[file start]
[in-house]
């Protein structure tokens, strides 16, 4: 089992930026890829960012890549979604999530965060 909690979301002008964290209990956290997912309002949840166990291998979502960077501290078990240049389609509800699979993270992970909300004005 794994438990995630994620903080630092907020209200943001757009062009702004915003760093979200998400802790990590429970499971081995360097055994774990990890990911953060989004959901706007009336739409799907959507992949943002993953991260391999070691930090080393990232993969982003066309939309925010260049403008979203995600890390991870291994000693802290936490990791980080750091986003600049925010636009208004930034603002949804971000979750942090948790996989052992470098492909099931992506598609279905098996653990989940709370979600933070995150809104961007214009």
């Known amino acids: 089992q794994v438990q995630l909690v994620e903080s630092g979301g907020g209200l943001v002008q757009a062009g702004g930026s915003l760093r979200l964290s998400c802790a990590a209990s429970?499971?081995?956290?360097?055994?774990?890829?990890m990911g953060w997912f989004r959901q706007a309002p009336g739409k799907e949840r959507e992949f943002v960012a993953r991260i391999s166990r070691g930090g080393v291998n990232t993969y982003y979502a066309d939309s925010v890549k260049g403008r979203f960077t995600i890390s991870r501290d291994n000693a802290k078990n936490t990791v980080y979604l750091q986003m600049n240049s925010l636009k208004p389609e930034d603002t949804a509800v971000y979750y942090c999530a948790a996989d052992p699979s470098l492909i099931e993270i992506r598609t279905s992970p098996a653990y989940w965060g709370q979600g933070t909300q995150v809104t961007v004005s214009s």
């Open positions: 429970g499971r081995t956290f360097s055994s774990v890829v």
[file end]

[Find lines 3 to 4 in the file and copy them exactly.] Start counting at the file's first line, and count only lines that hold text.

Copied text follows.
């Known amino acids: 089992q794994v438990q995630l909690v994620e903080s630092g979301g907020g209200l943001v002008q757009a062009g702004g930026s915003l760093r979200l964290s998400c802790a990590a209990s429970?499971?081995?956290?360097?055994?774990?890829?990890m990911g953060w997912f989004r959901q706007a309002p009336g739409k799907e949840r959507e992949f943002v960012a993953r991260i391999s166990r070691g930090g080393v291998n990232t993969y982003y979502a066309d939309s925010v890549k260049g403008r979203f960077t995600i890390s991870r501290d291994n000693a802290k078990n936490t990791v980080y979604l750091q986003m600049n240049s925010l636009k208004p389609e930034d603002t949804a509800v971000y979750y942090c999530a948790a996989d052992p699979s470098l492909i099931e993270i992506r598609t279905s992970p098996a653990y989940w965060g709370q979600g933070t909300q995150v809104t961007v004005s214009s």
């Open positions: 429970g499971r081995t956290f360097s055994s774990v890829v």